It is Tax Day in America. Do you owe any money or are you getting money back? Did you submit your tax return online or through paper mail? If you don’t live in the USA do you feel you pay too many taxes — or not enough — for the benefits you receive?
If we do not pay our fair share for the liberty we enjoy — how else should we pay for the government that helps run our lives?
Supporting tax cuts has always seemed to favor the rich and punish the poor — even though this country was born from a taxation revolt of the common folk.
The United States started collecting taxes in 1862 to pay for the Civil War and it seems like we’re still collecting taxes to pay for wars that have never been civil.
I realize it isn’t a popular position to advocate the societal requirement for taxation, but I can’t think of a better way to get everyone to contribute to the betterment of everyone in the nation.
Today, The New York Times argues in an Op-Ed piece that we should remove the word “tax” from our vocabulary and use the idea of paying “dues” instead:
THE word “tax” was never pretty. But it has lately become the
ugliest word in the English language, right up there with its evil
twin, “death.” Even in time of war, ostensibly patriotic politicians
blithely pledge to slay any tax that rears its ghastly head. Public
officials dodge work they know desperately needs doing because of the
possibility that it may cause an increase in taxes.
It’s time to
take a page from the conservative playbook, the one where they reframe
the debate by changing the language — for instance, calling the “estate
tax” a “death tax,” or making equal rights for same-sex partners a
“protection of marriage” issue. I propose we stop saying “taxes” and
start calling them “dues.”
“Duty” or “Tax” — the idea is the same: We need to pay for services and for infrastructure and we do that by reconciling our wishes against our wants each year on April 15.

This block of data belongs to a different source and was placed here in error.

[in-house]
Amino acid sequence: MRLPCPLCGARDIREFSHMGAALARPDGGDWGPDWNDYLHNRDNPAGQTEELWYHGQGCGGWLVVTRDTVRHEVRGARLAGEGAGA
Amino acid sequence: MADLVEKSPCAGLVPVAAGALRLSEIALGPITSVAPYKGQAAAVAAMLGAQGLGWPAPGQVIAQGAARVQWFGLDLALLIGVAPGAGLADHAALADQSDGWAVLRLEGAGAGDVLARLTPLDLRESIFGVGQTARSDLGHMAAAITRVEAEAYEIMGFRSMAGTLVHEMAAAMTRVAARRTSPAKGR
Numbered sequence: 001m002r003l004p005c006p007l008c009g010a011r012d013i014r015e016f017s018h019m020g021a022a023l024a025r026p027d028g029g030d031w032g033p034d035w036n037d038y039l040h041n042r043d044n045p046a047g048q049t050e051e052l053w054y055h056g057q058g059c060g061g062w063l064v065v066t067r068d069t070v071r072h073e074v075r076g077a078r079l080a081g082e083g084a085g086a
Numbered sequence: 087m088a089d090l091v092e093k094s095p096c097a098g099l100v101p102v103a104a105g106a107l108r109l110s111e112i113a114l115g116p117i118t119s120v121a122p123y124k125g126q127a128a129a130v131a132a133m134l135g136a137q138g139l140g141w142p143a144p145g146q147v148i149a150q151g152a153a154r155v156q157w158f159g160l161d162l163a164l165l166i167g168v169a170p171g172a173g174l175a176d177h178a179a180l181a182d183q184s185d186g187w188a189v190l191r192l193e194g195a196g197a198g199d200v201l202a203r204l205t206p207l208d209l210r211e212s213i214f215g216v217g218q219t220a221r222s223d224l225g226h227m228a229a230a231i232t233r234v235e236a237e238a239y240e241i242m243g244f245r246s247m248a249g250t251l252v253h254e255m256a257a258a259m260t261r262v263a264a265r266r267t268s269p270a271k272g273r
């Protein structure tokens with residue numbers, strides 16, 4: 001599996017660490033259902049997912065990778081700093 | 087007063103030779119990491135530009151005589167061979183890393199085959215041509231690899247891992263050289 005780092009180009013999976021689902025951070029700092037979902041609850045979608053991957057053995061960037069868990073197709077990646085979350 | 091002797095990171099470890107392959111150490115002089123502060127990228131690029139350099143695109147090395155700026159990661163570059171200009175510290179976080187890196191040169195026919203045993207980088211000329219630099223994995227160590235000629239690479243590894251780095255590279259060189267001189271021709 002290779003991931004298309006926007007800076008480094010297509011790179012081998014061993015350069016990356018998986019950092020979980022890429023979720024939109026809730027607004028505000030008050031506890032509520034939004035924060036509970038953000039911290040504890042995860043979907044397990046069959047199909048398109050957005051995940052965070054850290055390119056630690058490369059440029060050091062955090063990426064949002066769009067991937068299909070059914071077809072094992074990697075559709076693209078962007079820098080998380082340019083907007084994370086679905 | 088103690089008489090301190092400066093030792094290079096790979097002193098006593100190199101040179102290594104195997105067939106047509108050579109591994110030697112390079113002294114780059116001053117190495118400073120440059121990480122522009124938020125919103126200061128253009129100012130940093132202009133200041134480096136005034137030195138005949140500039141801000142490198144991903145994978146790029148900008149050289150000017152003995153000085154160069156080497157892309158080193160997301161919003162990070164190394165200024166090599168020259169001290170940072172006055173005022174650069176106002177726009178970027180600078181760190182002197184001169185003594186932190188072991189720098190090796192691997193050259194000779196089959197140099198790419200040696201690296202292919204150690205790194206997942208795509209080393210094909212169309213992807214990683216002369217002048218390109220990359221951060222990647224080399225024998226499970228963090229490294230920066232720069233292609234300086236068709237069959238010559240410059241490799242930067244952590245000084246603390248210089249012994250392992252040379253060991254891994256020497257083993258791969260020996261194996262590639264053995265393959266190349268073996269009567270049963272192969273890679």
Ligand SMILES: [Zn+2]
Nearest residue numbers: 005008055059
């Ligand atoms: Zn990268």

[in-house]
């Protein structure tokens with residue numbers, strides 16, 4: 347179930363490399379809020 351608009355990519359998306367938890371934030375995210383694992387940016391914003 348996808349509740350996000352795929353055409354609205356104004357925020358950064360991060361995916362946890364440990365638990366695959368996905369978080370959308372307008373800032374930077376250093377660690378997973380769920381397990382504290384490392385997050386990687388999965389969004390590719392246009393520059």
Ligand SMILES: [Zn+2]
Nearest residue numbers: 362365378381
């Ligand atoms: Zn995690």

I’m not sure if the current tax system is fair to everyone or not. Does we each pay our fair share? Or do those who can afford to hire a good tax accountant pay less?
In 2006, the Internal Revenue Service cut the time spent auditing big business:
The Internal Revenue Service has cut deeply the time that it spends auditing the nation’s largest corporations, according to data made public yesterday.
The figures, obtained by Syracuse University
researchers, showed that the I.R.S. had reduced the time spent on each
audit by 21 percent in the last five years, to 958 hours from 1,210
hours. At the same time, the number of actual audits, which had
increased in the last two years, has fallen back to the level of 2002.
In 2008, the I.R.S. trend to leave big firms alone continued. Is that trend a product of important policing changes or necessary political pressure?
The I.R.S.’s scrutiny of the nation’s biggest companies is at a
20-year low, according to the study, conducted by Transactional Records
Access Clearinghouse, or TRAC, a research group affiliated with Syracuse University.
The study, made public Sunday, points to “a historic collapse in
audits.” It found that major corporations — defined as those with
assets of at least $250 million — have about a one in four chance of
being audited, down from about three in four in 1990.
Americans with incomes above $100,000, the chances of being audited in
2006 were 1 in 59. Above $1 million, the odds increased to 1 in 16.
Why do you think there is a trend to leave businesses alone? Is it because individuals are easier to audit than big corporations?
Would a flat-tax be the fairest solution to make sure everyone paid their fair share of their duty to society?
Or is there a better way to promise the continued prosperity of us all where everyone gets a fair shake by paying their fair share?